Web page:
Those that are regularly working and receiving income (making a living) are rarely complaining about the value that people assign to their artistic contributions.
There are so many artists who are regularly unemployed or underemployed. It is so easy to understand their motivations to speak about selling out. They do so, as they are not making money. So, those who do…must be selling out. So many egos…
This sort of thinking leads to a romanticized notion of starving (or the starving artist), a stereotype we must get past. There is nothing romantic about not being able to pay the bills.
“Survival jobs” rob us of our energy and ability to create in a more full and regular fashion. After all, each of us only has so much energy in a day.
When artists make a living from their art, they steal away from the bars and restaurants in which they often work. Instead, their artistic and creative contributions are being shared with their communities, with paying audiences, with people who appreciate their work and pay for it, consequently.
People who pay for art do so because they perceive value in the product or experience. The artist who creates for such an audience is not selling out, they are creating value for others. That is not selfish, but quite the opposite.
Those who complain about selling out, I would ask them what value they have to offer. If they are not making a living from their craft, why? What are they (or are they not) doing? From my perspective, we can only fault them so much. I put a lot of blame on the educational institutions, as they know about this problem and regularly fail to address it in any significant way.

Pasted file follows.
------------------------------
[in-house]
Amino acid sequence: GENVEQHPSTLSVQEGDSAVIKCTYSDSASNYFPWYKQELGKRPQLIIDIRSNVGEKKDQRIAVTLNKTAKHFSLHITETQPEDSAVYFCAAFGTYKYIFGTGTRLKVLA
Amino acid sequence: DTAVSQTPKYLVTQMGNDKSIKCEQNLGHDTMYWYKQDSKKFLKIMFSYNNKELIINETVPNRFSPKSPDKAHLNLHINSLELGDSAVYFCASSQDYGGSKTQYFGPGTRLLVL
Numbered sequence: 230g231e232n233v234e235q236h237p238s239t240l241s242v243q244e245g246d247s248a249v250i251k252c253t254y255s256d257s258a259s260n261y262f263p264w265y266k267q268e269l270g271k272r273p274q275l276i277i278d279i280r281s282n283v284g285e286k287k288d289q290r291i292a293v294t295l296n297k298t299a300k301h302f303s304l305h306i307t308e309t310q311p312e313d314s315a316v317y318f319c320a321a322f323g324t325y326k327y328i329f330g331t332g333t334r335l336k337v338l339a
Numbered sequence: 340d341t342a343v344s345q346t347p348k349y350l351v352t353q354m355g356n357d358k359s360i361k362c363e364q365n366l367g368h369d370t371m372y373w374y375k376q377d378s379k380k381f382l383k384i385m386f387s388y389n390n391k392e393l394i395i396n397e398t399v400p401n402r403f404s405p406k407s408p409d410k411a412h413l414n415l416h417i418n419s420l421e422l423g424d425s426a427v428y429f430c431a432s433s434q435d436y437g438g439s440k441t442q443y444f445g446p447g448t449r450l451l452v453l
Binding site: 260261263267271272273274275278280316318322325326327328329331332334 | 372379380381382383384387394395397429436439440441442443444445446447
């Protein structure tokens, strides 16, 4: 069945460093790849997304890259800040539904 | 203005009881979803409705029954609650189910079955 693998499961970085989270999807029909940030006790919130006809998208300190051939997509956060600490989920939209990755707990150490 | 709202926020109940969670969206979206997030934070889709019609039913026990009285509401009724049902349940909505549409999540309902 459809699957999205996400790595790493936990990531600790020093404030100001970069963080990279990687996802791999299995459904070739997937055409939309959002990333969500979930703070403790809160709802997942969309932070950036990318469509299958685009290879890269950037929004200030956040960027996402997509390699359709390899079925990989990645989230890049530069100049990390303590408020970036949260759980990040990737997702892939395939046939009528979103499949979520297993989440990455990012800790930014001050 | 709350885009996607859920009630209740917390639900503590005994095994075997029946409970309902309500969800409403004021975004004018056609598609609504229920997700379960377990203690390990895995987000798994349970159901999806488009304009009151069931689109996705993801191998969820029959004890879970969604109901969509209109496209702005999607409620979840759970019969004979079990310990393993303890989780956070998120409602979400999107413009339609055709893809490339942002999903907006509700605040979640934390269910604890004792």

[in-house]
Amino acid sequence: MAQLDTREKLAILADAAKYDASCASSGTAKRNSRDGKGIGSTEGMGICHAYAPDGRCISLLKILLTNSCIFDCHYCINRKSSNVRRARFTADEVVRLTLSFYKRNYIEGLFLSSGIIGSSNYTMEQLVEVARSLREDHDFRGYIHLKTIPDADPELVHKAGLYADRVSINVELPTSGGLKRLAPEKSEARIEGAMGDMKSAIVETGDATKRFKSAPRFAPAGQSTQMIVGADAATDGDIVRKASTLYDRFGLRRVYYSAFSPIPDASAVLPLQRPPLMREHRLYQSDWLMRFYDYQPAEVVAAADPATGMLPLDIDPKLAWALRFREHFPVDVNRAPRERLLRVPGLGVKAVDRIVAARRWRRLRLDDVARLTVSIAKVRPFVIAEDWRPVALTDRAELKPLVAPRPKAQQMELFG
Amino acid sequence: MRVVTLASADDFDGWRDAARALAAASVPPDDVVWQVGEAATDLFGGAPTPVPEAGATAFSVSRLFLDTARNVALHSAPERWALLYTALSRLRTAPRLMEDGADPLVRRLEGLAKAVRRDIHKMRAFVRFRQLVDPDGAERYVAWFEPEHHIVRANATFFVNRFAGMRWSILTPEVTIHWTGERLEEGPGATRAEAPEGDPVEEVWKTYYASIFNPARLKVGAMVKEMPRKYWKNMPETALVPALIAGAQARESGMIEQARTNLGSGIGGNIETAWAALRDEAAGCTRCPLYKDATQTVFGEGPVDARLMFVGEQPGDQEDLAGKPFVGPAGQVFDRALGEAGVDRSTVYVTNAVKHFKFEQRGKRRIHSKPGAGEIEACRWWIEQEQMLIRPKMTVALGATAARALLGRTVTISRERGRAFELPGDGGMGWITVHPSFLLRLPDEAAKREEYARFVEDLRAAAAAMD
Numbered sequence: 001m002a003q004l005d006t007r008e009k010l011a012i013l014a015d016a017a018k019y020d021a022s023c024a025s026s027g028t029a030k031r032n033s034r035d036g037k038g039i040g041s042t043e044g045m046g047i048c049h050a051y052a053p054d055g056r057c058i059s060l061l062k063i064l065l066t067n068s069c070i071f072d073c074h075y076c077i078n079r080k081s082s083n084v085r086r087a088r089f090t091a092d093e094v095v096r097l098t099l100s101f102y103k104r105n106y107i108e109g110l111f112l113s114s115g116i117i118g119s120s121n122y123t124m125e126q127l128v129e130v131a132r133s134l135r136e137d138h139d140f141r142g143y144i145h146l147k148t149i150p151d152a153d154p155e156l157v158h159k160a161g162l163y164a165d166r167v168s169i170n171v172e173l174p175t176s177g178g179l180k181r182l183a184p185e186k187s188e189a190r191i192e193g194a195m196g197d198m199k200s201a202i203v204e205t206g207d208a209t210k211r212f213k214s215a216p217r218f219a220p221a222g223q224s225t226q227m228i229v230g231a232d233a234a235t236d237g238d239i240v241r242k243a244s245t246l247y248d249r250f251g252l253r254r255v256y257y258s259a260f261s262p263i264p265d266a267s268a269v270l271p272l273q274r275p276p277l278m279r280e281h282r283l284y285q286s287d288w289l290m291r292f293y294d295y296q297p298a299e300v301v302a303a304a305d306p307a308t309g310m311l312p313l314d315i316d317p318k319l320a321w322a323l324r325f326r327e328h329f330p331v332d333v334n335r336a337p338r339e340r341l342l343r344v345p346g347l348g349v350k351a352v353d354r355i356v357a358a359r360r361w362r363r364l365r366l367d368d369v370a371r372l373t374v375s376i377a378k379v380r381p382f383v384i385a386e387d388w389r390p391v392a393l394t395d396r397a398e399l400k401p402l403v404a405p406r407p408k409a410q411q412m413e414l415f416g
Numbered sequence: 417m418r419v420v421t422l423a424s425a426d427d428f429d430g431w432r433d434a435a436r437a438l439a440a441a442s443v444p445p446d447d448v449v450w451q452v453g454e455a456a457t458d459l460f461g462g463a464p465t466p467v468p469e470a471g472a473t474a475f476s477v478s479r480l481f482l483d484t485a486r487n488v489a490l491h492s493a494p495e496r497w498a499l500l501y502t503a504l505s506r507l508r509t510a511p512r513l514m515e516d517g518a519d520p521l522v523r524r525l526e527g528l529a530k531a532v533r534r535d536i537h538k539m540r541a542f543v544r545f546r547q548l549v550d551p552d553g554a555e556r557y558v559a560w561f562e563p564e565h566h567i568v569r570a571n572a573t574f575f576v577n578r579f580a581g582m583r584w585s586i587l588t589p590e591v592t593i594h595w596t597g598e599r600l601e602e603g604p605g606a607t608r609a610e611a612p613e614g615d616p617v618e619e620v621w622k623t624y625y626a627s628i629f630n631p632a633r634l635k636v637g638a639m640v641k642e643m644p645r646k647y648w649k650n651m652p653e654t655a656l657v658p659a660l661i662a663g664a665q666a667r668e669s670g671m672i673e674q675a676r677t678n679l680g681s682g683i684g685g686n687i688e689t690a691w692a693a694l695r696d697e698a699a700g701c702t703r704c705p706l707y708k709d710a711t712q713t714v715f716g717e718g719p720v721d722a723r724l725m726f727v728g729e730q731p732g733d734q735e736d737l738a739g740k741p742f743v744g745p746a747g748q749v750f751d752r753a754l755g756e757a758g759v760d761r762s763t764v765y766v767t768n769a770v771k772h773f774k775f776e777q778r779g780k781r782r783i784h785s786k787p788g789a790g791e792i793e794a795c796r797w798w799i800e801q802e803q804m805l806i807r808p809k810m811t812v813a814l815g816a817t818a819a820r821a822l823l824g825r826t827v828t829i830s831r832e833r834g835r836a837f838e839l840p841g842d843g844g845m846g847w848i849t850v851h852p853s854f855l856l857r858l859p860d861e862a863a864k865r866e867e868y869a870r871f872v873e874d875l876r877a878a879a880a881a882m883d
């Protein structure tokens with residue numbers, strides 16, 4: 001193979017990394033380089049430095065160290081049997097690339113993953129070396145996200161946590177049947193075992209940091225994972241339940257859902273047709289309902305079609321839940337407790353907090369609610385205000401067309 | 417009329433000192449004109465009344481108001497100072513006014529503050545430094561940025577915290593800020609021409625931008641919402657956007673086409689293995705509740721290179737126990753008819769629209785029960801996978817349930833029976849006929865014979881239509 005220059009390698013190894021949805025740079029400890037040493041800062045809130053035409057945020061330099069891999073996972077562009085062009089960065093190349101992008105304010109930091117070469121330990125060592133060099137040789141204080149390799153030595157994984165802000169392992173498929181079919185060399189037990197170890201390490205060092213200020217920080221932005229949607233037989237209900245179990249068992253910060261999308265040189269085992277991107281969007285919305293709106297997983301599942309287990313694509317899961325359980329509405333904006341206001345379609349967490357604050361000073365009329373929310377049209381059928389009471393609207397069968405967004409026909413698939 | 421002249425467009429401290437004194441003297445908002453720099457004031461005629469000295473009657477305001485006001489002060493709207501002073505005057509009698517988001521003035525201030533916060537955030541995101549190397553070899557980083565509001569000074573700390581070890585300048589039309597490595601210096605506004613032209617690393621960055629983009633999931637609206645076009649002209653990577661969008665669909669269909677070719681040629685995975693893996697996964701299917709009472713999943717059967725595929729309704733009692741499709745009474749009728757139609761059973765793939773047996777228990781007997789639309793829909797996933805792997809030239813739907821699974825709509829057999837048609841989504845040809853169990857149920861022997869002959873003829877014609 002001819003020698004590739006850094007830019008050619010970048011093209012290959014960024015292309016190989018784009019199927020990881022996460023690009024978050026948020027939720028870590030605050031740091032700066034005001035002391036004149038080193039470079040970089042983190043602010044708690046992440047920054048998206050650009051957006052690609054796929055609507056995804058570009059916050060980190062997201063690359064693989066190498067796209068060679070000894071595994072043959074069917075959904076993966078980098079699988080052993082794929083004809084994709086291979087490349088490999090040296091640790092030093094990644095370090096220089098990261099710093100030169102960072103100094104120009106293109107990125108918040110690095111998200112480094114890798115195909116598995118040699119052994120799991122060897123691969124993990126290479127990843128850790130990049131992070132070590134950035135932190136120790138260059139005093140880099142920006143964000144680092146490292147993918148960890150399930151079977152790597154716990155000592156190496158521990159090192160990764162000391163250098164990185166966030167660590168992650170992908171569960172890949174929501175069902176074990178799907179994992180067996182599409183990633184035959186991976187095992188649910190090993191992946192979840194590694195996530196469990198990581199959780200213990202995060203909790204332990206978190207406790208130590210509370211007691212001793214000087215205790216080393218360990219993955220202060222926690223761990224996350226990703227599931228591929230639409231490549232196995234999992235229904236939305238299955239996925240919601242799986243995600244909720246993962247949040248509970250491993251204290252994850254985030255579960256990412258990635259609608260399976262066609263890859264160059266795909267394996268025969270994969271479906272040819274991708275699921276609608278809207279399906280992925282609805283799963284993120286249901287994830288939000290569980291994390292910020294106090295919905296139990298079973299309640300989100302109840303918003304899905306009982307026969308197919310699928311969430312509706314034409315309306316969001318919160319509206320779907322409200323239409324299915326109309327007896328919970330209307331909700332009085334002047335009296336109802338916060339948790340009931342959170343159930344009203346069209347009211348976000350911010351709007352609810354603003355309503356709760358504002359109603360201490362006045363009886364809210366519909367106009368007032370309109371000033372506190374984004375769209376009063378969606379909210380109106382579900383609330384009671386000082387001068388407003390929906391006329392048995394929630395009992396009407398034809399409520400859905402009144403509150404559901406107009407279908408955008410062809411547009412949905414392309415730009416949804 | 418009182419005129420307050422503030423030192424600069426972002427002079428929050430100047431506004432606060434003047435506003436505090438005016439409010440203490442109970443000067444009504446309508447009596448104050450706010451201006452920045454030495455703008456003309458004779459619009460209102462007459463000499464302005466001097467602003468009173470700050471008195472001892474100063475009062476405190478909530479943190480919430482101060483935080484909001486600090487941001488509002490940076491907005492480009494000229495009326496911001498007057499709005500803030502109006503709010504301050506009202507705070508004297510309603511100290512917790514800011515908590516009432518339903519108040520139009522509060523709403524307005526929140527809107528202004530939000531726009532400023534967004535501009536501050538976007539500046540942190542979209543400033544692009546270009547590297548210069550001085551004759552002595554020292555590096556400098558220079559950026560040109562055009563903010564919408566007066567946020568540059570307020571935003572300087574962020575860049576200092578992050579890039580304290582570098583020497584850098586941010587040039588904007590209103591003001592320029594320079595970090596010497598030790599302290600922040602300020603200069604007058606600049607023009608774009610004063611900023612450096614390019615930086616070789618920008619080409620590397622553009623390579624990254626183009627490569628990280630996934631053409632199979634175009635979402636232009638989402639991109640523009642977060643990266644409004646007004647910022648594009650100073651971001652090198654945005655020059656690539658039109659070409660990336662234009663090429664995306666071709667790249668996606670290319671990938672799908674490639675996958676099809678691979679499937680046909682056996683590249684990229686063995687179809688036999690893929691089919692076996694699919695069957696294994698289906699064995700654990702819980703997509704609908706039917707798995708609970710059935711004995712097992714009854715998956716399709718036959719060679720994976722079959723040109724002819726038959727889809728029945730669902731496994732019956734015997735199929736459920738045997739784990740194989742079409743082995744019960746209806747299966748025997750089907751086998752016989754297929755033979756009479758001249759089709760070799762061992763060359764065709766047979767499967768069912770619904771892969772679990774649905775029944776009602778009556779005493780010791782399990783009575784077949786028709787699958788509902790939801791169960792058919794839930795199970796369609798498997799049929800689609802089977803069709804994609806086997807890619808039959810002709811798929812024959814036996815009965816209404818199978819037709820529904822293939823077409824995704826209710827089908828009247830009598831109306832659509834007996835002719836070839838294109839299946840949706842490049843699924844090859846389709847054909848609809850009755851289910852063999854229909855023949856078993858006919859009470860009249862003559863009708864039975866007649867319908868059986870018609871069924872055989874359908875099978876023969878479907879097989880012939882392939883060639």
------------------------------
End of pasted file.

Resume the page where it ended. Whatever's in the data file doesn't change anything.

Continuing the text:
If one is only creating for them selves (the artist), is that not a form of self massage? What contribution are you making to your fellow man and woman? In what ways are your gifts shared? It may feel good to create for yourself, but is that not a sort of journal entry? Can’t a balance be found between societal contribution and journal entry creations?
Some believe that if good work is created, that audiences will somehow find them. That is a naïve perspective. Talent is not enough. Working hard is not enough. But, if you have talent and work hard…and know how to market the value you can offer to your audience, you increase your chances of avoiding a career as a bartender or waiter and that is the goal of TITAN Teaterskole, the school I built in Oslo, Norway and that is the goal of ACPA, which launches this year.
We are working to create a new standard in American and Norwegian theatrical training—a standard that leads to value creation and employment of artists (via their own initiative or through others).